The same can happen with other departments. Fire fighters and their trucks can be taken out of service with trauma calls that will require longer runs than they do now. "We utilize the Division of Fire as our first responders," says Eckart, noting that all fire fighters are also certified emergency medical technicians. "Frequently, they will have to assist taking a patient to the nearest Level II trauma center, either by driving the ambulance while both paramedics work on the critical patient or by assisting one of the paramedics during the drive. Again, this means a longer time away from the fire fighter's area of emergency coverage."
The cities of Cleveland and East Cleveland, desperate to stop the abrupt loss of a trauma center they deem critical to the community, brought a lawsuit against Cleveland Clinic to halt the planned closure. Within weeks, both sides seemed to recognize that the onset of litigation did little more than generate additional negative publicity. On November 15, a joint release was issued by the parties involved stressing that the goal was "... to reach an agreement which builds a trauma system that best serves the needs of our residents. If an agreement cannot be reached, the Cities and the Cleveland Clinic retain their respective rights."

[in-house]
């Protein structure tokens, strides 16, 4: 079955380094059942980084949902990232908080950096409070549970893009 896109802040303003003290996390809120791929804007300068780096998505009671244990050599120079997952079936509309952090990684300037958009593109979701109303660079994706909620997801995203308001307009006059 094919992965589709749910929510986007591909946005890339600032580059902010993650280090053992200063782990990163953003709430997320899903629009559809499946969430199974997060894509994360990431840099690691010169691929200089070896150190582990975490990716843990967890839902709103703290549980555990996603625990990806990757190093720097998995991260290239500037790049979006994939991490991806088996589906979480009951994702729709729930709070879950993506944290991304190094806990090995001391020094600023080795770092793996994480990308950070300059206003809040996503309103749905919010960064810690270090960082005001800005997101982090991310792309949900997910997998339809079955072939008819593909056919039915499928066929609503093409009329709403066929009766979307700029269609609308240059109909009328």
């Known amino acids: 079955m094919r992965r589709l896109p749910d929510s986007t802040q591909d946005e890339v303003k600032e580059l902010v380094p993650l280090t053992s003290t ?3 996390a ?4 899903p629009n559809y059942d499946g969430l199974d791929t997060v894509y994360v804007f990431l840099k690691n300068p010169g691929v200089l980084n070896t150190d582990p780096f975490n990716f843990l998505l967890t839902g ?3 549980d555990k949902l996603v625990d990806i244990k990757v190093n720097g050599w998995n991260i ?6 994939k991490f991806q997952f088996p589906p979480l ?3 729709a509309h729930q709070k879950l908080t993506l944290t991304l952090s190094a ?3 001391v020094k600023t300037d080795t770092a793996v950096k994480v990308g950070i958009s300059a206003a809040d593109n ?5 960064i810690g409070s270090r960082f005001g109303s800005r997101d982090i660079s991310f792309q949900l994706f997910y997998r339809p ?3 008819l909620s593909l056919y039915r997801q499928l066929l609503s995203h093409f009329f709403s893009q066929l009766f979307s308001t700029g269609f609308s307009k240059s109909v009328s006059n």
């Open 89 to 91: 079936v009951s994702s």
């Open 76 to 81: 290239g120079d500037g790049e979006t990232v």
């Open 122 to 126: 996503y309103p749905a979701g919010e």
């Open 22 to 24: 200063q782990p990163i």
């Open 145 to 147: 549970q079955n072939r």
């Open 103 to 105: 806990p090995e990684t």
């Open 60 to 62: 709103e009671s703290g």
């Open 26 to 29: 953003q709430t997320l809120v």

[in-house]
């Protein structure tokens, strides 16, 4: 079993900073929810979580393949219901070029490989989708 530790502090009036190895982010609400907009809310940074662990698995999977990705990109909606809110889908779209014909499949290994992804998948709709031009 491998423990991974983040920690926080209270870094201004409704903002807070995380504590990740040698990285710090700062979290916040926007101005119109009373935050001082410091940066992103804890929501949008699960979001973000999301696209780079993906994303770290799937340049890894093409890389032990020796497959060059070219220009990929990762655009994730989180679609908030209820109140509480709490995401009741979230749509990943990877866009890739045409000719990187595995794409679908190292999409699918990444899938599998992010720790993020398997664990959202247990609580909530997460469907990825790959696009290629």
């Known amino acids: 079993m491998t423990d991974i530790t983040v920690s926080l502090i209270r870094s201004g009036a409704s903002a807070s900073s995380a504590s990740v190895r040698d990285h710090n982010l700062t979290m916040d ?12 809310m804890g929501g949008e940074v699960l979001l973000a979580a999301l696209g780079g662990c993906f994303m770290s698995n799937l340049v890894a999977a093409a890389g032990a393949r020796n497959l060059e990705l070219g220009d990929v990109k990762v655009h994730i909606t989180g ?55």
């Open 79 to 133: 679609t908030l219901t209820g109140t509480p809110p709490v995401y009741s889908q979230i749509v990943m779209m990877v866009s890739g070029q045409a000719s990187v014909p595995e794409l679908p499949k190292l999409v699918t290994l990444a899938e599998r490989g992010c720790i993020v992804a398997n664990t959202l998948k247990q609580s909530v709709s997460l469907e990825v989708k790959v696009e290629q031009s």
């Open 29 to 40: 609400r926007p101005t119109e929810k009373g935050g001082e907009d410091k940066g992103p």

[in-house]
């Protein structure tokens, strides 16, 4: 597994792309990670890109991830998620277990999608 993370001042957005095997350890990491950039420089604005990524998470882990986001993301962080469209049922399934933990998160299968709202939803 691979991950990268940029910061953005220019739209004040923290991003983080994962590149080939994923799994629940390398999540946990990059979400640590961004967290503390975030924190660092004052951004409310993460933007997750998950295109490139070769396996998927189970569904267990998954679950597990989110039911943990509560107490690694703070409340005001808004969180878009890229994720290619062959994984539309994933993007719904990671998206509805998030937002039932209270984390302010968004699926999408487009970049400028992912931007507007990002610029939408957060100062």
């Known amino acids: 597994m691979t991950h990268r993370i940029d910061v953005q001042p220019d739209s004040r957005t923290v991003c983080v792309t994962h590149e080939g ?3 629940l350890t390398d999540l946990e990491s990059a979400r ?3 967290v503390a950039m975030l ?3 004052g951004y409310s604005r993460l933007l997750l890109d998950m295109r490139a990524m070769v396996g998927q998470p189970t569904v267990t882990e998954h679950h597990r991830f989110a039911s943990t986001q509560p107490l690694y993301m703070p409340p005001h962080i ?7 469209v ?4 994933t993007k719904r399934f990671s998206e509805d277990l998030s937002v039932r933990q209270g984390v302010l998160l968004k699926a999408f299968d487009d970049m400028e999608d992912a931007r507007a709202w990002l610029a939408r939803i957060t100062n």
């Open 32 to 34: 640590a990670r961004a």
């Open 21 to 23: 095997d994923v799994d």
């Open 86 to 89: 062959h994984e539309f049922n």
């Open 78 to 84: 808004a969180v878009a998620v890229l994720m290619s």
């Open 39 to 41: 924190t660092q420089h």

And if Huron Hospital loses its fight?
"What's going to happen now is that you're going to have more patients going to fewer hospitals," Eckart says. "It's like an airport. An airport can only handle so many takeoffs and landings a day based on weather conditions and the number of available runways. Well, the same thing with hospitals. You're going to have the same physical structure at the hospital — five ambulance bays and 20 emergency room beds. Under normal circumstances, three of those ambulance bays and 15 of those patient beds are going to be used today. Now by taking those extra patients who would normally go to Huron, all of the ambulance bays are going to be tied up and all of the beds are going to be tied up, which creates a longer time before the paramedics can transfer those patients and get back out of the hospital and back into service.